In fact, many people will actually spot your destination mentioned on social media before they ever click to your homepage. This makes it all the more important to take a second look at what you’re doing.

So what’s the trick to a successful social media strategy? Simply having one is a good first step, if we’re being honest. Every place is different, and people respond differently on each platform, so experimentation will reveal what works and what doesn’t for your particular brand. Without any sort of methodology, however, feeding the social media beasts can become an unruly – and unwanted – task that ends up going ignored.

Set some parameters. Develop a voice. Establish goals. Get started. Overthinking social media is as dangerous as underthinking it, in our book. The fleeting nature of it all provides some cover and defense for content that may have missed the mark. Social media posts often seem simply like water under bridge, until they make a positive splash!

Consistency across multimedia

Most importantly for placemaking purposes, no matter what sort of media you use, be consistent. Your brand needs to come across in every Instagram post, every YouTube video, and every press release you send out.

Don’t have a logo? Make one.

Don’t have a set of keywords for your region? Make one.

Don’t have a tagline? Make one.

See where we’re going with this? You need to know what your region’s brand is before you can try to share it with others. Consistency, therefore, is key. The more those audiences see watermarks on videos or logos on documents, the more they’ll associate something with your region’s brand. Hopefully, if you play your cards right, that something will be the very thing that attracts them to move or invest in your region.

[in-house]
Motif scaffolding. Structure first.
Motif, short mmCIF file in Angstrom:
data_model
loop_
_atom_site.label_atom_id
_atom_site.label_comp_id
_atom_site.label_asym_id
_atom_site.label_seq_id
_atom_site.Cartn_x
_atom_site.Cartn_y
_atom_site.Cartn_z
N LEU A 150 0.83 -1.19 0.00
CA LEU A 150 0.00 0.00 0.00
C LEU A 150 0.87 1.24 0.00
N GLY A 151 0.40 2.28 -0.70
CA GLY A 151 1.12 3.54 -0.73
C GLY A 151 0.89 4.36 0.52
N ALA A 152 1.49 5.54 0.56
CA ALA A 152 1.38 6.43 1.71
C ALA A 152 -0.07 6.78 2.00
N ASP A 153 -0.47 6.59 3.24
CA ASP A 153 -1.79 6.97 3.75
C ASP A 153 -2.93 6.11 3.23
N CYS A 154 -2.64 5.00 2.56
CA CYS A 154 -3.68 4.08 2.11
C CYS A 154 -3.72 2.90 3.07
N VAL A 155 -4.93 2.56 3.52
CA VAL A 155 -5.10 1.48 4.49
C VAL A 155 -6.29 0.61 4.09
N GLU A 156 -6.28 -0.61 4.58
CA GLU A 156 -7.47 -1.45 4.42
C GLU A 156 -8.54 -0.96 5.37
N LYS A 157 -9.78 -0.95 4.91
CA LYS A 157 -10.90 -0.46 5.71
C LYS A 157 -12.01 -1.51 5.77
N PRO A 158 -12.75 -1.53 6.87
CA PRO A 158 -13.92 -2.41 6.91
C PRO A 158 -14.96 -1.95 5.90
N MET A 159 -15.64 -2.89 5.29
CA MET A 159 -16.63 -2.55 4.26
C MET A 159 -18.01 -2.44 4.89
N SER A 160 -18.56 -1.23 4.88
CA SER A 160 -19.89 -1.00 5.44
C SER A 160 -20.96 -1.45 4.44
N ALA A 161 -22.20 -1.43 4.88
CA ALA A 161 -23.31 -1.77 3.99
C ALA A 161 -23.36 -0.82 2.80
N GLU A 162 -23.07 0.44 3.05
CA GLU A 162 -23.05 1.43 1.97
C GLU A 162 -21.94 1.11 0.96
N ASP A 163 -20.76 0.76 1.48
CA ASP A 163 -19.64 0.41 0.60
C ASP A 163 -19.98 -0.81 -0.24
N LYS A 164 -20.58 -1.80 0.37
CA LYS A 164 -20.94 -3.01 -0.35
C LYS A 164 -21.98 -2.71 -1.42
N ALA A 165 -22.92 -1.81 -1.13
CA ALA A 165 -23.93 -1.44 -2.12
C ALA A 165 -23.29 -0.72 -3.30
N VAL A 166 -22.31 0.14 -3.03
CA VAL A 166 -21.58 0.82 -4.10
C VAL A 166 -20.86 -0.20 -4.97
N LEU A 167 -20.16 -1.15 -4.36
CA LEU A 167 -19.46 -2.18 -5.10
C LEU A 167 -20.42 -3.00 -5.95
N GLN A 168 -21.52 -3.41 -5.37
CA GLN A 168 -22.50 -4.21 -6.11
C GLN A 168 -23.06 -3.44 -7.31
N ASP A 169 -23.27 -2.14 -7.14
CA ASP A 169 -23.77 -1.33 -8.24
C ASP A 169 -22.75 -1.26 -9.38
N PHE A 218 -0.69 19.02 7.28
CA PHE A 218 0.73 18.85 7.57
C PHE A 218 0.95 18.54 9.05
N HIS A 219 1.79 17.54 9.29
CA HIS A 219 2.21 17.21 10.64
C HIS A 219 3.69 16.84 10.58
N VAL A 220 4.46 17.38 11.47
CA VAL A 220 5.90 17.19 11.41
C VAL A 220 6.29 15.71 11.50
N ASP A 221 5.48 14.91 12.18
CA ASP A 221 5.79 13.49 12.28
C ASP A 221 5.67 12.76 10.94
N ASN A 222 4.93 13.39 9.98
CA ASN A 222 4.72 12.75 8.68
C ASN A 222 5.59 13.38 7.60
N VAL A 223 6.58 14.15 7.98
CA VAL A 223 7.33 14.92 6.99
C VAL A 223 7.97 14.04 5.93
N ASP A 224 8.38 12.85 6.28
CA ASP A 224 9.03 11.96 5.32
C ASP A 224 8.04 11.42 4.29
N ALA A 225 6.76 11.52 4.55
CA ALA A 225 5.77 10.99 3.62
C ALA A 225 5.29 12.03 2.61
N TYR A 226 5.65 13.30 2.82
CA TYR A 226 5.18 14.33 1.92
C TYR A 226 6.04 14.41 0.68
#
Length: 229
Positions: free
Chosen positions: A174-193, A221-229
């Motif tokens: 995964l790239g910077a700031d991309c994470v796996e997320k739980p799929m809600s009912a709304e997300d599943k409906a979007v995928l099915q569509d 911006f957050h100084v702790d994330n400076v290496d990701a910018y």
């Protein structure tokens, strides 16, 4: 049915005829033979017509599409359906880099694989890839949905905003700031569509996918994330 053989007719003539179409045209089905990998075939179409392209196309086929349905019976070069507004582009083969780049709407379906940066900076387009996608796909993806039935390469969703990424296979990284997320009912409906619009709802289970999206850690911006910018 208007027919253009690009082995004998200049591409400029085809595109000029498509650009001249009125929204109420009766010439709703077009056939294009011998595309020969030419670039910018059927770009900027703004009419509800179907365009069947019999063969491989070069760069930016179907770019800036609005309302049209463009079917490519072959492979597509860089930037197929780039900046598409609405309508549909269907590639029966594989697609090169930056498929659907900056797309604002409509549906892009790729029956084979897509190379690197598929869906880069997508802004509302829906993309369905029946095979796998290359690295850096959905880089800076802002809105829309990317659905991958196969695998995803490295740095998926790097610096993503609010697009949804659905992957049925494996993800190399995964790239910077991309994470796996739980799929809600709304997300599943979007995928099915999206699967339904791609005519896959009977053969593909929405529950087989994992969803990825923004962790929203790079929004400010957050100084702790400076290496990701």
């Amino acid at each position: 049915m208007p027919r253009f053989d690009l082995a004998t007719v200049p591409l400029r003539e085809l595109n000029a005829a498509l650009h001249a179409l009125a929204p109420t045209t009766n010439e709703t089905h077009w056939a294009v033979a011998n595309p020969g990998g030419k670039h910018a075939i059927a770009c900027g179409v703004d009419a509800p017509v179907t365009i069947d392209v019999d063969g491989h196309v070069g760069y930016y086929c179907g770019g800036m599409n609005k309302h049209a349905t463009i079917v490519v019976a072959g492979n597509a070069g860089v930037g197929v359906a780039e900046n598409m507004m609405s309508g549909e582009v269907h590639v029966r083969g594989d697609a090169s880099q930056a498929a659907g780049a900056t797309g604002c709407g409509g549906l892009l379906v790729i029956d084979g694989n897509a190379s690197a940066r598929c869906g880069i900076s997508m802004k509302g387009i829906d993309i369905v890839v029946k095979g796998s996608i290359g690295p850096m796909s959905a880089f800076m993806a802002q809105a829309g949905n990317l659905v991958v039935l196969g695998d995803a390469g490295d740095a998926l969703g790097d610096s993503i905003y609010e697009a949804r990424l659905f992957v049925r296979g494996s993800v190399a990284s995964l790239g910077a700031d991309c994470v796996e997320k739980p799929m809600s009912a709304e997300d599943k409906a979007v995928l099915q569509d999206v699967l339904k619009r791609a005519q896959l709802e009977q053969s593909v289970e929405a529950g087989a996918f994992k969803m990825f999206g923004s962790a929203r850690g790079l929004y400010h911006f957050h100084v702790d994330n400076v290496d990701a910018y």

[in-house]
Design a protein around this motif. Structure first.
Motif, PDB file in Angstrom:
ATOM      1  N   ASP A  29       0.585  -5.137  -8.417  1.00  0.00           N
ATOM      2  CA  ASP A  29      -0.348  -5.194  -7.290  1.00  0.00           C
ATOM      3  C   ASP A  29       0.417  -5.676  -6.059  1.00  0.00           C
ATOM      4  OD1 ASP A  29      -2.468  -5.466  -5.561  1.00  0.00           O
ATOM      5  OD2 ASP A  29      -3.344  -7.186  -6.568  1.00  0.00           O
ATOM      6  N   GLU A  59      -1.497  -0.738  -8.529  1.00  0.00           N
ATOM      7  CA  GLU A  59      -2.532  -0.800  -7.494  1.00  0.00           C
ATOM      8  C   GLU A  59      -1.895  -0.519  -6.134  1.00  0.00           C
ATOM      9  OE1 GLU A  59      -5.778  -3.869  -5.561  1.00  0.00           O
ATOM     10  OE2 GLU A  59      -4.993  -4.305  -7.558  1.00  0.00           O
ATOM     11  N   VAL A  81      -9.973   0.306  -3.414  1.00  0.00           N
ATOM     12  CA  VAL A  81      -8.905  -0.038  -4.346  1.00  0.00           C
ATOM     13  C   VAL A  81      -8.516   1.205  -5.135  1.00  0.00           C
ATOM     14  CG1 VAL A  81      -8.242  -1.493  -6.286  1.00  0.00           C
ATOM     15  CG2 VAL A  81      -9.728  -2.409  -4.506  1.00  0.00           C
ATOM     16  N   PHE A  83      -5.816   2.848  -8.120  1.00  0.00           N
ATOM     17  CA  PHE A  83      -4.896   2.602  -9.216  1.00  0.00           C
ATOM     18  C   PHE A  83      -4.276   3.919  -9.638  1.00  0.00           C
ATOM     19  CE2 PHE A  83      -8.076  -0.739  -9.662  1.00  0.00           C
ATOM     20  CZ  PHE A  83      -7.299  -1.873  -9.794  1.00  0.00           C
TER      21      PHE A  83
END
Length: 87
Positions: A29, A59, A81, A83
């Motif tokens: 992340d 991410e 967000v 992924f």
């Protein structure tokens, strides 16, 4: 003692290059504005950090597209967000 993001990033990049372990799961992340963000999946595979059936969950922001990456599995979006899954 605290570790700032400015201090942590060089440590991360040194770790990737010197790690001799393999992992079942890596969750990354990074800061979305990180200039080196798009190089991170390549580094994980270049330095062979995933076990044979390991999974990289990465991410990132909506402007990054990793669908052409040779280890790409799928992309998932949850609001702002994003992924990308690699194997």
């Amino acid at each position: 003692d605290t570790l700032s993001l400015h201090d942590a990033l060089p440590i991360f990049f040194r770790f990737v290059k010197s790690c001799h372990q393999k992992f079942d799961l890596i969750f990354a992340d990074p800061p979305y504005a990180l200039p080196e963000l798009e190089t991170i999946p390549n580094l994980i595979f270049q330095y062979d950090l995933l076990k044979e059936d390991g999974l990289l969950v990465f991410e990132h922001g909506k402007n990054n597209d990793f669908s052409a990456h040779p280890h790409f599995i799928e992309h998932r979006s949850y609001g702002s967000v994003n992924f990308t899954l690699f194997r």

While we’re on the subject of multimedia, don’t let the word scare you. It might be time to assess your library of images and content, however, to update it a bit. Do you even have a YouTube channel? People want to see, not just read about your region and its experiences. If they are going to move there or invest there, video content is the best way to showcase what you’ve got. This is evident especially during a global pandemic! Accessible high-res photography and quality video content are digital assets that we’re also filing under “must-have.” Let’s move them from the “nice to have” file of yesteryear.

Parting thoughts?

All of this may seem a bit much. It’s not instinctual for all of us to know how to watermark a video or find the right hashtag for a social media post. Creating a great digital strategy means having the right digital team at your side. If you’re wondering what DCI could bring to your digital efforts, get in touch with Susan Brake at [email protected] to learn how our 60 years of placemaking experience can help scrub up your digital presence so that it’s nice and shiny for 2021.

Written By

Susan Brake

Susan Brake is Vice President at DCI overseeing the digital media strategy for all the firm's economic development clients. Since joining the company, she has effectively leveraged traditional and social media tactics to reach target audiences for her clients large and small.